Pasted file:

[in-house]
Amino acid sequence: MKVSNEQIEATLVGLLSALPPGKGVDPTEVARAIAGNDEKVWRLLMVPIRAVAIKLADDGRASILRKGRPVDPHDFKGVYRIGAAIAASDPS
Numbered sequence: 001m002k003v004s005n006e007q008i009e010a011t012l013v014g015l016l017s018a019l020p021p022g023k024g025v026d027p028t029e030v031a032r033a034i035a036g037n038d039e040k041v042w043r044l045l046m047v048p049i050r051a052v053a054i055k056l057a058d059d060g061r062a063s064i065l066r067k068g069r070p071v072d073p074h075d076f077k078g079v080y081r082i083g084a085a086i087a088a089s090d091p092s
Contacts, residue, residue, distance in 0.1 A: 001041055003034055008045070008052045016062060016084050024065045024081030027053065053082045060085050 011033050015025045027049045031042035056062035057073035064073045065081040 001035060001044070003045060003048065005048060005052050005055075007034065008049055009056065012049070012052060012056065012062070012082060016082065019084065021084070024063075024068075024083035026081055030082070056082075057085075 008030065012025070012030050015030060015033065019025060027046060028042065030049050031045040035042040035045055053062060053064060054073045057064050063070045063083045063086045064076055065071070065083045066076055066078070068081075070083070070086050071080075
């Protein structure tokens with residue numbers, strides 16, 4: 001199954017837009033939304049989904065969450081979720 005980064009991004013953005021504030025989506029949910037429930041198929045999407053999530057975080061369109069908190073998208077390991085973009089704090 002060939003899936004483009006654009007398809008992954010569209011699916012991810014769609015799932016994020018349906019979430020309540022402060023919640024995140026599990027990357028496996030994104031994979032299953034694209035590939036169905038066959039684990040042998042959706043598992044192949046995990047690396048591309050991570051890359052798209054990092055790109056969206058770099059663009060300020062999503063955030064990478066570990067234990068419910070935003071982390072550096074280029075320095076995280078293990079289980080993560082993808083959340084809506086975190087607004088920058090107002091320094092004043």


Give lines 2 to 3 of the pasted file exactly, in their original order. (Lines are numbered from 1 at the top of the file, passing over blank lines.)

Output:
Amino acid sequence: MKVSNEQIEATLVGLLSALPPGKGVDPTEVARAIAGNDEKVWRLLMVPIRAVAIKLADDGRASILRKGRPVDPHDFKGVYRIGAAIAASDPS
Numbered sequence: 001m002k003v004s005n006e007q008i009e010a011t012l013v014g015l016l017s018a019l020p021p022g023k024g025v026d027p028t029e030v031a032r033a034i035a036g037n038d039e040k041v042w043r044l045l046m047v048p049i050r051a052v053a054i055k056l057a058d059d060g061r062a063s064i065l066r067k068g069r070p071v072d073p074h075d076f077k078g079v080y081r082i083g084a085a086i087a088a089s090d091p092s